Why “What’s the best tool to measure the effectiveness of X?” is totally the wrong question

Time after time in online discussion groups I see questions like this one:

“What are the best tools to measure the effectiveness of [insert any program, policy, or initiative]?”

It’s a classic case of thinking evaluation is merely measurement, and measurement gives you the answers.

Many managers and non-evaluators think like this – that evaluation is merely a process of picking a few indicators and measuring them, and somehow the value or effectiveness of the evaluand (program, policy, initiative, etc) will be miraculously self-evident.

The reality is that many evaluators think like this too. If they are not of the “indicators” mindset, it’s so often a conversation about methods (qual, quant), or tools, or instruments.

Consider this quote (out of the latest NDE, #133) from Michael Quinn Patton:

… Moreover, and this is critically important, [Scriven] shows that valuing is fundamentally about reasoning and critical thinking.

Evaluation as a field has become methodologically manic-obsessive.

Too many of us, and those who commission us, think that it’s all about methods.

It’s not.

It’s all about reasoning.

(p. 105; quote broken into paragraphs for readability)

MQP makes the above comment in the latest brilliant edition of New Directions for Evaluation (#133, on Valuing, edited by George Julnes).

A great read from cover to cover no matter what, where, or how you evaluate; this issue goes right to the heart of one of the fundamental elements of genuine evaluation — values.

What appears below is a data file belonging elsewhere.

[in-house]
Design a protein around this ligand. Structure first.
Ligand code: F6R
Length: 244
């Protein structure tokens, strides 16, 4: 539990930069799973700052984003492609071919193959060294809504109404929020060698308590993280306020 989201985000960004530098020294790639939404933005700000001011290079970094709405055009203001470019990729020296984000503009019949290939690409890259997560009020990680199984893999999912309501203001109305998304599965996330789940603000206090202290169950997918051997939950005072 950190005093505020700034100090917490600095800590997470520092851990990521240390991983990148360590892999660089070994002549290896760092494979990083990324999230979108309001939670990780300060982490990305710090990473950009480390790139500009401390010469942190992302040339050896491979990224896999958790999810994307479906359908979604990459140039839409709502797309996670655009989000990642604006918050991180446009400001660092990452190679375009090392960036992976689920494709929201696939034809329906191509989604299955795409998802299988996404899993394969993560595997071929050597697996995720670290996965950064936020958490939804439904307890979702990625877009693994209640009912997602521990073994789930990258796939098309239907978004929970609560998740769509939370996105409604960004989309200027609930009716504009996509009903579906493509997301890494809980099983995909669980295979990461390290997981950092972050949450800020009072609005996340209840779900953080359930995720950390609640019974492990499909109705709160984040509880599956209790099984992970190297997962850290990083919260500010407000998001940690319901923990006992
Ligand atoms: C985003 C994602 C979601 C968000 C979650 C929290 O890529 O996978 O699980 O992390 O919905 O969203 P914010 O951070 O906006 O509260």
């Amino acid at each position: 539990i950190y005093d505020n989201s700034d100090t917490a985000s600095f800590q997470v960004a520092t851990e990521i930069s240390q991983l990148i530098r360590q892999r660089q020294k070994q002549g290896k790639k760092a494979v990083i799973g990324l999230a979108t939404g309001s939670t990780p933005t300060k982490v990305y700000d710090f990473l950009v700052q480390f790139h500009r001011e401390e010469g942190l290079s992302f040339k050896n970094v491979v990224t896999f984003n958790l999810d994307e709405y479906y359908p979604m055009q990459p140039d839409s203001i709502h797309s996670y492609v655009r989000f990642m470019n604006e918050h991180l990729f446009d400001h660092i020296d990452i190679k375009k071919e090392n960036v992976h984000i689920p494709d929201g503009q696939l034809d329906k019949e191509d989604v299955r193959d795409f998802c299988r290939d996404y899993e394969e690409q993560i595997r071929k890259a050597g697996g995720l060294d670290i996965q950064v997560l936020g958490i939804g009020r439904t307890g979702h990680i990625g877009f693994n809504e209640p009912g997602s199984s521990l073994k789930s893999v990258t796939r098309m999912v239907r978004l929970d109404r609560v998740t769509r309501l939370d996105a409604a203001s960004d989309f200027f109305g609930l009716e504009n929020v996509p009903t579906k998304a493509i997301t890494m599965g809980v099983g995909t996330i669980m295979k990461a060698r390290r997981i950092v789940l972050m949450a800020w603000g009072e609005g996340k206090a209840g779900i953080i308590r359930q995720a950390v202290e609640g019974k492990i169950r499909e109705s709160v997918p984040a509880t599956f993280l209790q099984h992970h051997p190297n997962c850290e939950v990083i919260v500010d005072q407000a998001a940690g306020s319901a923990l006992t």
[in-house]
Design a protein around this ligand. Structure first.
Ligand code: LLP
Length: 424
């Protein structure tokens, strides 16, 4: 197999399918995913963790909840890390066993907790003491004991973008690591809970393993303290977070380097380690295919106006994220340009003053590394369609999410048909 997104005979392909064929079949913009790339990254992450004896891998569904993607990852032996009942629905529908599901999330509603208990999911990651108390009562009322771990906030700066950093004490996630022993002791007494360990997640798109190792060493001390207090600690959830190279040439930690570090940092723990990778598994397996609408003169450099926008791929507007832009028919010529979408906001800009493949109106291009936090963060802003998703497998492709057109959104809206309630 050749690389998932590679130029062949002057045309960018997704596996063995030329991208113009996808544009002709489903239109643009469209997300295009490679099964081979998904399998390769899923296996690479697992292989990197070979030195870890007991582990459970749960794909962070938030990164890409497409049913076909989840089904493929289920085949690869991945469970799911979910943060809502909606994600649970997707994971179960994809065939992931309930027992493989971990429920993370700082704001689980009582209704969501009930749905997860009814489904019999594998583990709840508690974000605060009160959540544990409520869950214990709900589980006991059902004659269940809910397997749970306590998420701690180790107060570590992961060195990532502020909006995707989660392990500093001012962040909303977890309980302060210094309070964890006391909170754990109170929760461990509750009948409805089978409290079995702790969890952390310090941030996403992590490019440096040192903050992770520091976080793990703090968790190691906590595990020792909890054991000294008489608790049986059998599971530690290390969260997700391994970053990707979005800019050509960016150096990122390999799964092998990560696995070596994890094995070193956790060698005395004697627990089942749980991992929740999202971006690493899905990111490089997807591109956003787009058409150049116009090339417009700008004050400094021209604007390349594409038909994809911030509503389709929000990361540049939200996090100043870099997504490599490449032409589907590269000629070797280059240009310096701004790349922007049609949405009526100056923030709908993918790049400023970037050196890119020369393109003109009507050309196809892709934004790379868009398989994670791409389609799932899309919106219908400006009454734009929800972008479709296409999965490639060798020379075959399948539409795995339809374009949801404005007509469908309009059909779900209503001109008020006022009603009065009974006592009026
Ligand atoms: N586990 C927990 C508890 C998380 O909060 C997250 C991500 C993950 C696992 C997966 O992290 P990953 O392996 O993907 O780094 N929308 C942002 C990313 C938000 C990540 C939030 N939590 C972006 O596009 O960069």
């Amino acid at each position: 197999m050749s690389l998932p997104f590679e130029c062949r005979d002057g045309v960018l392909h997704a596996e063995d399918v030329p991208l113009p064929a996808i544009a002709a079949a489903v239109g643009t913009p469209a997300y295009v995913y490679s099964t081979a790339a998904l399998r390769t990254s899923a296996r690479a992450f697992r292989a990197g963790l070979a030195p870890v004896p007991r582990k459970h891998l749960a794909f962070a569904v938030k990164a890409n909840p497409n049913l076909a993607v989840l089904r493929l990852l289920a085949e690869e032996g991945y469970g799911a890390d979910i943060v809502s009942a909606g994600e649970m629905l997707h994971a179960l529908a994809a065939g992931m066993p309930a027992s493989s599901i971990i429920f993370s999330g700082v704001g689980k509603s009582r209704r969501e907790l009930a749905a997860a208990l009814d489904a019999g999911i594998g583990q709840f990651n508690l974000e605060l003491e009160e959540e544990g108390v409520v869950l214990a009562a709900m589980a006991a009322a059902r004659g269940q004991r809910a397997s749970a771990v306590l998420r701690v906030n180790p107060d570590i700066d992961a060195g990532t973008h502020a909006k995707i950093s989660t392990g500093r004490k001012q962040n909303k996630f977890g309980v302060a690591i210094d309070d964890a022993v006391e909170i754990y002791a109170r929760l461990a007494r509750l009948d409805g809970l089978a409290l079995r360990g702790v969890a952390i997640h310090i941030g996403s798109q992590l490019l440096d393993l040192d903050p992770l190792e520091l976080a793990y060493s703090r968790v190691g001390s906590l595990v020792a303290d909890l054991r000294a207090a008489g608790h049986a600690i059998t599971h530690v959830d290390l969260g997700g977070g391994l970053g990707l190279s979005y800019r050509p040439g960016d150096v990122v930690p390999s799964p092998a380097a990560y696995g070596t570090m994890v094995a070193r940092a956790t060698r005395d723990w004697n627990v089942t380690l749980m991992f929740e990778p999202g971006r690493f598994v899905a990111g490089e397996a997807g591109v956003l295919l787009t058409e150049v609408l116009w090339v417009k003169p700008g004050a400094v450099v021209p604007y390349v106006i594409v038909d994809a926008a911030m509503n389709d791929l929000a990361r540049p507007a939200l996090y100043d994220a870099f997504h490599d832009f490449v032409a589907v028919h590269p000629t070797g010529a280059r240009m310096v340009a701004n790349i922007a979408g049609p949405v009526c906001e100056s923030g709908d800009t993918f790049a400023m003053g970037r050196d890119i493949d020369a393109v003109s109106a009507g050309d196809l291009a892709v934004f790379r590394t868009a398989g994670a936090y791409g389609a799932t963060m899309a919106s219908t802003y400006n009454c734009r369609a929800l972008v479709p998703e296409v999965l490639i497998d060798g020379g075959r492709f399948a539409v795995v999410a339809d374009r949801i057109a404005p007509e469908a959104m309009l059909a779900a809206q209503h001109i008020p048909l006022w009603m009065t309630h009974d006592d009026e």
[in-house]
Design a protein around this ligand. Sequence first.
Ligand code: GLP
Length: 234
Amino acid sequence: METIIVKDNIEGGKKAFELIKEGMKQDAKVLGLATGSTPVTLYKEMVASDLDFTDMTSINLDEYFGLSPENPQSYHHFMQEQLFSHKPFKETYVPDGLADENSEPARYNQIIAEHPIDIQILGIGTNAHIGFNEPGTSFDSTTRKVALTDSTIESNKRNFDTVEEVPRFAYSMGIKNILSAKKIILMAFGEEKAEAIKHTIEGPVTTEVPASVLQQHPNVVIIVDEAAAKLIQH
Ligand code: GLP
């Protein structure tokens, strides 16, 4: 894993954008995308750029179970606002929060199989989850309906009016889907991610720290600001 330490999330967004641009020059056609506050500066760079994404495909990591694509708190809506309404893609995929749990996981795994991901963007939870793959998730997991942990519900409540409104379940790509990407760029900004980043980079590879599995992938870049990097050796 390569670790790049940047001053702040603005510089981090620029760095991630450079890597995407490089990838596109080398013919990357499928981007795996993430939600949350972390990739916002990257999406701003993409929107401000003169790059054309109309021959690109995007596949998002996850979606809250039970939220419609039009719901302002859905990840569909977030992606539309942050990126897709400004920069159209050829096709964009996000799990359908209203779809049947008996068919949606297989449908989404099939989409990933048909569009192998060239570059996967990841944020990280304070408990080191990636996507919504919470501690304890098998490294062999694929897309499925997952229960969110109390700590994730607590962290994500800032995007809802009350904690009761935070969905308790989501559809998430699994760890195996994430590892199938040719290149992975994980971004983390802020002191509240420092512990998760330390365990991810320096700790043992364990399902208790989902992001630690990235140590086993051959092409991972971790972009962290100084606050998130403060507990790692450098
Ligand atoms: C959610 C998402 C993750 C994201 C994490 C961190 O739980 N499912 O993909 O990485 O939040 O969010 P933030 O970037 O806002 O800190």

So, values and “valuing” are what makes evaluation, well, e-valu-ation.

And reasoning and critical thinking are central to “valuing”.

Evaluation, then, is about the use of evaluative reasoning and critical thinking to draw values-based conclusions based on the evidence and the definitions of “quality” and “value”. [These definitions were themselves developed with evidence-informed reasoning.]

Evidence is gathered using various methods and – yes – tools.

The evidence is but one ingredient in the evaluation; the evaluative reasoning is how we determine what evidence to gather in the first place, and how to interpret it once we have.

Once we get a grip on this fundamental reality, it’s amazing how it can change the whole conversation and steer it in the direction of more genuine evaluation.

Instead of leaping to tools and instruments, we come right back to the big picture purpose of the evaluation, its intended users, and what they intend to (or, could potentially) use the evaluation for:

  • Who asked for this evaluation and why?
  • Who are the people who need answers, to what questions, for what purposes, and to inform what thinking or decision making?

At this point the reasoning elements are key:

  • How should “effectiveness” (or quality, performance, value, etc) be defined in this context? Based on what? And, whose expertise (including that local knowledge from recipients and community members) do we need in order to get this right?
  • Which outcomes should be considered valuable, and are some of them more valuable or important than the others? Why? Based on what?